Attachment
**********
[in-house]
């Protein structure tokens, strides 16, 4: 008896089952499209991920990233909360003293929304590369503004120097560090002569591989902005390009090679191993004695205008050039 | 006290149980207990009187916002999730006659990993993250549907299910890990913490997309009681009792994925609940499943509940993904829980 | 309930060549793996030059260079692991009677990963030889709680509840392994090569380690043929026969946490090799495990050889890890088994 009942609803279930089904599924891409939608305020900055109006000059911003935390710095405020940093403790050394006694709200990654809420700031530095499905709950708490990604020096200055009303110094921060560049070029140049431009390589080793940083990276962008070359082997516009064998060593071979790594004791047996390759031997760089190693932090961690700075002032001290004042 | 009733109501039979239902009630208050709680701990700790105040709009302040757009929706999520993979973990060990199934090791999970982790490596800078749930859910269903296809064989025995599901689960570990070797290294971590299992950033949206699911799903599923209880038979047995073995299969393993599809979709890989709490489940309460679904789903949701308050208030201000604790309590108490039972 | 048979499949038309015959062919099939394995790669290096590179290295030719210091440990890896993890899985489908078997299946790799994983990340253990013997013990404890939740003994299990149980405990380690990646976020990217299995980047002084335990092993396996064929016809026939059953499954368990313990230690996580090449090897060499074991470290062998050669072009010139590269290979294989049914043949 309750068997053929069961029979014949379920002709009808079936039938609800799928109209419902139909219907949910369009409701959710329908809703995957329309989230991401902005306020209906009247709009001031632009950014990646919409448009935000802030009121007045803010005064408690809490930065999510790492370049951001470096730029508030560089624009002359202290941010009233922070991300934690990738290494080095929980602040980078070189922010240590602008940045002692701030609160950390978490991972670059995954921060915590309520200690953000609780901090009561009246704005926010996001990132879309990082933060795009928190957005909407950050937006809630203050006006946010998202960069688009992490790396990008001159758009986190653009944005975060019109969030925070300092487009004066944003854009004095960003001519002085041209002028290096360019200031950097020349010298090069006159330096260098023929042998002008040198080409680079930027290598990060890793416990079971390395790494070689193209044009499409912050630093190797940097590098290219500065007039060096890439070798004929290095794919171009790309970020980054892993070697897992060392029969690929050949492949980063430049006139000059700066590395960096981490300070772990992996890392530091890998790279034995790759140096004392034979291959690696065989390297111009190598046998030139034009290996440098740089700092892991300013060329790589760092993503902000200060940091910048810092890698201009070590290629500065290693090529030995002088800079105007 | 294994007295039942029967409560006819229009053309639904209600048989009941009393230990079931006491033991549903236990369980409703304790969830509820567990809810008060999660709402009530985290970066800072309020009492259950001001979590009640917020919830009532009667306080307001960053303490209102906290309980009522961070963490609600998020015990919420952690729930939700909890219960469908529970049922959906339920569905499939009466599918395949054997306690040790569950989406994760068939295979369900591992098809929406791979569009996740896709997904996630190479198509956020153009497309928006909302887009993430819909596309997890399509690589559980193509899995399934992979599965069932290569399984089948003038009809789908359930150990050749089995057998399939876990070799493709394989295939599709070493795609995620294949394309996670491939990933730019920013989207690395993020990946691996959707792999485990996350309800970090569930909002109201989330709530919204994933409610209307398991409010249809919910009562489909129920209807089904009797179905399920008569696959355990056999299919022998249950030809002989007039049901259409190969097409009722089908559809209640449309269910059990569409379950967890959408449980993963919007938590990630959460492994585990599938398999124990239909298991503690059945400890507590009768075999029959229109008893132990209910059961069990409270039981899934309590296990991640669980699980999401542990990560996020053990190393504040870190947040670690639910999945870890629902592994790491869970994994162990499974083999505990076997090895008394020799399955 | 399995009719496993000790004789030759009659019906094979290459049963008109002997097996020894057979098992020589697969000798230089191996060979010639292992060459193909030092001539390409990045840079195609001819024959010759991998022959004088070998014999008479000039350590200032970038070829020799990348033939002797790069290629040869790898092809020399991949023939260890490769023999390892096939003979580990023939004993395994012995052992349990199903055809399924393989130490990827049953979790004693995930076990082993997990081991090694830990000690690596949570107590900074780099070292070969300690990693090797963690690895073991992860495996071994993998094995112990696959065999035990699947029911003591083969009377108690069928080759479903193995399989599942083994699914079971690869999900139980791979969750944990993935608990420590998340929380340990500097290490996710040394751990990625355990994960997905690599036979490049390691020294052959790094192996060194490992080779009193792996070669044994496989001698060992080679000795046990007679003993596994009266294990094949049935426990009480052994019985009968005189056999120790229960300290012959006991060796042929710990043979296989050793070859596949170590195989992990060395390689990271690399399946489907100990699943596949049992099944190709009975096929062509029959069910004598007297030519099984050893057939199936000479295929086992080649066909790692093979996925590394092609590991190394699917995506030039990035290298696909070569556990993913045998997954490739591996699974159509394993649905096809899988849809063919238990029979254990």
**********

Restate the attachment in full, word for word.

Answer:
[in-house]
């Protein structure tokens, strides 16, 4: 008896089952499209991920990233909360003293929304590369503004120097560090002569591989902005390009090679191993004695205008050039 | 006290149980207990009187916002999730006659990993993250549907299910890990913490997309009681009792994925609940499943509940993904829980 | 309930060549793996030059260079692991009677990963030889709680509840392994090569380690043929026969946490090799495990050889890890088994 009942609803279930089904599924891409939608305020900055109006000059911003935390710095405020940093403790050394006694709200990654809420700031530095499905709950708490990604020096200055009303110094921060560049070029140049431009390589080793940083990276962008070359082997516009064998060593071979790594004791047996390759031997760089190693932090961690700075002032001290004042 | 009733109501039979239902009630208050709680701990700790105040709009302040757009929706999520993979973990060990199934090791999970982790490596800078749930859910269903296809064989025995599901689960570990070797290294971590299992950033949206699911799903599923209880038979047995073995299969393993599809979709890989709490489940309460679904789903949701308050208030201000604790309590108490039972 | 048979499949038309015959062919099939394995790669290096590179290295030719210091440990890896993890899985489908078997299946790799994983990340253990013997013990404890939740003994299990149980405990380690990646976020990217299995980047002084335990092993396996064929016809026939059953499954368990313990230690996580090449090897060499074991470290062998050669072009010139590269290979294989049914043949 309750068997053929069961029979014949379920002709009808079936039938609800799928109209419902139909219907949910369009409701959710329908809703995957329309989230991401902005306020209906009247709009001031632009950014990646919409448009935000802030009121007045803010005064408690809490930065999510790492370049951001470096730029508030560089624009002359202290941010009233922070991300934690990738290494080095929980602040980078070189922010240590602008940045002692701030609160950390978490991972670059995954921060915590309520200690953000609780901090009561009246704005926010996001990132879309990082933060795009928190957005909407950050937006809630203050006006946010998202960069688009992490790396990008001159758009986190653009944005975060019109969030925070300092487009004066944003854009004095960003001519002085041209002028290096360019200031950097020349010298090069006159330096260098023929042998002008040198080409680079930027290598990060890793416990079971390395790494070689193209044009499409912050630093190797940097590098290219500065007039060096890439070798004929290095794919171009790309970020980054892993070697897992060392029969690929050949492949980063430049006139000059700066590395960096981490300070772990992996890392530091890998790279034995790759140096004392034979291959690696065989390297111009190598046998030139034009290996440098740089700092892991300013060329790589760092993503902000200060940091910048810092890698201009070590290629500065290693090529030995002088800079105007 | 294994007295039942029967409560006819229009053309639904209600048989009941009393230990079931006491033991549903236990369980409703304790969830509820567990809810008060999660709402009530985290970066800072309020009492259950001001979590009640917020919830009532009667306080307001960053303490209102906290309980009522961070963490609600998020015990919420952690729930939700909890219960469908529970049922959906339920569905499939009466599918395949054997306690040790569950989406994760068939295979369900591992098809929406791979569009996740896709997904996630190479198509956020153009497309928006909302887009993430819909596309997890399509690589559980193509899995399934992979599965069932290569399984089948003038009809789908359930150990050749089995057998399939876990070799493709394989295939599709070493795609995620294949394309996670491939990933730019920013989207690395993020990946691996959707792999485990996350309800970090569930909002109201989330709530919204994933409610209307398991409010249809919910009562489909129920209807089904009797179905399920008569696959355990056999299919022998249950030809002989007039049901259409190969097409009722089908559809209640449309269910059990569409379950967890959408449980993963919007938590990630959460492994585990599938398999124990239909298991503690059945400890507590009768075999029959229109008893132990209910059961069990409270039981899934309590296990991640669980699980999401542990990560996020053990190393504040870190947040670690639910999945870890629902592994790491869970994994162990499974083999505990076997090895008394020799399955 | 399995009719496993000790004789030759009659019906094979290459049963008109002997097996020894057979098992020589697969000798230089191996060979010639292992060459193909030092001539390409990045840079195609001819024959010759991998022959004088070998014999008479000039350590200032970038070829020799990348033939002797790069290629040869790898092809020399991949023939260890490769023999390892096939003979580990023939004993395994012995052992349990199903055809399924393989130490990827049953979790004693995930076990082993997990081991090694830990000690690596949570107590900074780099070292070969300690990693090797963690690895073991992860495996071994993998094995112990696959065999035990699947029911003591083969009377108690069928080759479903193995399989599942083994699914079971690869999900139980791979969750944990993935608990420590998340929380340990500097290490996710040394751990990625355990994960997905690599036979490049390691020294052959790094192996060194490992080779009193792996070669044994496989001698060992080679000795046990007679003993596994009266294990094949049935426990009480052994019985009968005189056999120790229960300290012959006991060796042929710990043979296989050793070859596949170590195989992990060395390689990271690399399946489907100990699943596949049992099944190709009975096929062509029959069910004598007297030519099984050893057939199936000479295929086992080649066909790692093979996925590394092609590991190394699917995506030039990035290298696909070569556990993913045998997954490739591996699974159509394993649905096809899988849809063919238990029979254990």